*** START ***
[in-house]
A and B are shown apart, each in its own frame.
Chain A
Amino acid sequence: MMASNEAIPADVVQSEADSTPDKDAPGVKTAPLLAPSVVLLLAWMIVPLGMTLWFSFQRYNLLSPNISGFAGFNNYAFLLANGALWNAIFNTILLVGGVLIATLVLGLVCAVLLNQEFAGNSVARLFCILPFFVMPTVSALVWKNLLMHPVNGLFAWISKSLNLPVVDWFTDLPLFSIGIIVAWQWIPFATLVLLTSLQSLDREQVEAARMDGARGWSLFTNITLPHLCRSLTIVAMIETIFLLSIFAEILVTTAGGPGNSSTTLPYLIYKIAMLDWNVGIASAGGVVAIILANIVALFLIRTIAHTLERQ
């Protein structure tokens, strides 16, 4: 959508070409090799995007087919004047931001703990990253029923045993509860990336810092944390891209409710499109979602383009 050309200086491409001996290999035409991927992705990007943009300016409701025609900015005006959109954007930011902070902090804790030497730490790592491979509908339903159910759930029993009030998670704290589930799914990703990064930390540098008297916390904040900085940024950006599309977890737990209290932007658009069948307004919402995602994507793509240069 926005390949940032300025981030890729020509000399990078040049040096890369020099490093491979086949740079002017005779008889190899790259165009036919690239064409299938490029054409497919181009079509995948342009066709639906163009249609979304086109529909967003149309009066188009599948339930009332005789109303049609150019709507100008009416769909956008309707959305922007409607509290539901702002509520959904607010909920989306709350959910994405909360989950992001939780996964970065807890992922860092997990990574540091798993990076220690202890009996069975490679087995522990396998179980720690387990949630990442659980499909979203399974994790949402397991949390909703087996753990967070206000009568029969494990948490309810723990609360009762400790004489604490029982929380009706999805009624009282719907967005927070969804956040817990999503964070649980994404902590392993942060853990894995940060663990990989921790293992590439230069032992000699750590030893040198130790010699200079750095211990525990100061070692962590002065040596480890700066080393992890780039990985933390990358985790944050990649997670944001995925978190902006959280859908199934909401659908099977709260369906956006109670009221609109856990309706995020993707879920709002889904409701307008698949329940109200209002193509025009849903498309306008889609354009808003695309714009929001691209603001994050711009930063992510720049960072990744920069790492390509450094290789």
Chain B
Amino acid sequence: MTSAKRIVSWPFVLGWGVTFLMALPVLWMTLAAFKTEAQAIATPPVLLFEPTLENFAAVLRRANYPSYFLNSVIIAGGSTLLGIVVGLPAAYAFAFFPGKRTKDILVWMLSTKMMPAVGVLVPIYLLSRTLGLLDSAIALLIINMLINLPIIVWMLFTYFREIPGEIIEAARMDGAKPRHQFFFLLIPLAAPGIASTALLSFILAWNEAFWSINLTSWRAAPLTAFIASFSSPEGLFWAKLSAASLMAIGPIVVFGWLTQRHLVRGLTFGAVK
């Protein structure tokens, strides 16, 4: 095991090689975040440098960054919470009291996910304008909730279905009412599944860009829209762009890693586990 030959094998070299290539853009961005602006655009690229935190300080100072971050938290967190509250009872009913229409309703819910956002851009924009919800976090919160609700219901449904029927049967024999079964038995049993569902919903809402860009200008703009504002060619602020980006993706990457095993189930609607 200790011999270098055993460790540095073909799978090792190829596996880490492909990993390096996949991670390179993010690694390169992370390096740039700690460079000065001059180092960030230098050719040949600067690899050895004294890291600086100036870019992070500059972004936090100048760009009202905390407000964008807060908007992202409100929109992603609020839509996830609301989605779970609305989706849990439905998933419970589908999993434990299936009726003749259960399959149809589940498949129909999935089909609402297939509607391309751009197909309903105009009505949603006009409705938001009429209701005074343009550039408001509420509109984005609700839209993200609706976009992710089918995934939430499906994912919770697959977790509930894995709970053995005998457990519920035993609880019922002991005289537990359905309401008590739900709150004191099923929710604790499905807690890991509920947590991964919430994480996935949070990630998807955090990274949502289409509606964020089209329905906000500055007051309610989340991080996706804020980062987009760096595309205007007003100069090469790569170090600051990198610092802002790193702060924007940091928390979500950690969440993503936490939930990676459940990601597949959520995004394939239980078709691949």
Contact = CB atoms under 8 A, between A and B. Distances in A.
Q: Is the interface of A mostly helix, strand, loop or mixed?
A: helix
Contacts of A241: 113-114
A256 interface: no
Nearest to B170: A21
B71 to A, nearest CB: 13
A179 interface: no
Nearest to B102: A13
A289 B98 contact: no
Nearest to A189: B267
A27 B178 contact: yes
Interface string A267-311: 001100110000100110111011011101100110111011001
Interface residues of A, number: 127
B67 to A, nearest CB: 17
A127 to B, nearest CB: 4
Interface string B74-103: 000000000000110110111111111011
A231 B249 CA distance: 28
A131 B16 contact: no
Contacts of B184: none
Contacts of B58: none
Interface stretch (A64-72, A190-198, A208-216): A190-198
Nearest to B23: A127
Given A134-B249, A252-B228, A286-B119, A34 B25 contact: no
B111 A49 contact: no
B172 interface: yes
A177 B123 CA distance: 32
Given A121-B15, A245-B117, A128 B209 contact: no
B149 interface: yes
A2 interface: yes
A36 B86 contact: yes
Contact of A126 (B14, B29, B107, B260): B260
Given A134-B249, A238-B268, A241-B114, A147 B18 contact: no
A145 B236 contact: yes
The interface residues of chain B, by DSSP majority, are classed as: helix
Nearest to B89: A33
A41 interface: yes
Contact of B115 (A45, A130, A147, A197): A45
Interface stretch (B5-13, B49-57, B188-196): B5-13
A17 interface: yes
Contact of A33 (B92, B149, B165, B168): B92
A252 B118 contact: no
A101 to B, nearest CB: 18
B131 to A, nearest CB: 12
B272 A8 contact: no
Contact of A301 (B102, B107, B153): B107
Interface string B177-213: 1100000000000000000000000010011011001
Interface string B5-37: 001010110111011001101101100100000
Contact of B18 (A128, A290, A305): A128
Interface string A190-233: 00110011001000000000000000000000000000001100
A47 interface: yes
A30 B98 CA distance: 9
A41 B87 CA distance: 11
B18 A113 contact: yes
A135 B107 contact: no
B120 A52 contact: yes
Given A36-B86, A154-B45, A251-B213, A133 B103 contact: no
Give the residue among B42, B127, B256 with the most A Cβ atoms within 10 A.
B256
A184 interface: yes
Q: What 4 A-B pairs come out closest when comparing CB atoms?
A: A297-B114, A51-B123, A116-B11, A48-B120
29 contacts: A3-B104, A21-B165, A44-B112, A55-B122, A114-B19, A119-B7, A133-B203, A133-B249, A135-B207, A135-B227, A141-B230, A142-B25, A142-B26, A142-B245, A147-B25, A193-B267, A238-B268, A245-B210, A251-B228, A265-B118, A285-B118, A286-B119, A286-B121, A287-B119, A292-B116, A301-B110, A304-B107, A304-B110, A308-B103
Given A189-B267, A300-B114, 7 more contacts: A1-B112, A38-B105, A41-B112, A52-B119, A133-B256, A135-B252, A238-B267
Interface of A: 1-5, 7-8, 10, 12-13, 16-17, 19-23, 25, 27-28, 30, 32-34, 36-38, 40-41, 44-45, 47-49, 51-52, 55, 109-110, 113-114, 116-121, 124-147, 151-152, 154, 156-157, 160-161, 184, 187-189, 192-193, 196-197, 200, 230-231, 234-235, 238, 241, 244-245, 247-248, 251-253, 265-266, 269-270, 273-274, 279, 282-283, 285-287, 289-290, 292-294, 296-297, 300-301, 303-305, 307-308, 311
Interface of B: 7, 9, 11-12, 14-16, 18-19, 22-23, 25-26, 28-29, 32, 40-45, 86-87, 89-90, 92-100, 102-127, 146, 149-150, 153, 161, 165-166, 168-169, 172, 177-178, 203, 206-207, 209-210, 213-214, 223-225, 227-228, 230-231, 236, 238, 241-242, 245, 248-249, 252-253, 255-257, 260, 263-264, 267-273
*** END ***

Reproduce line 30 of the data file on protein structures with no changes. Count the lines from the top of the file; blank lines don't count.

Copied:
Interface stretch (A64-72, A190-198, A208-216): A190-198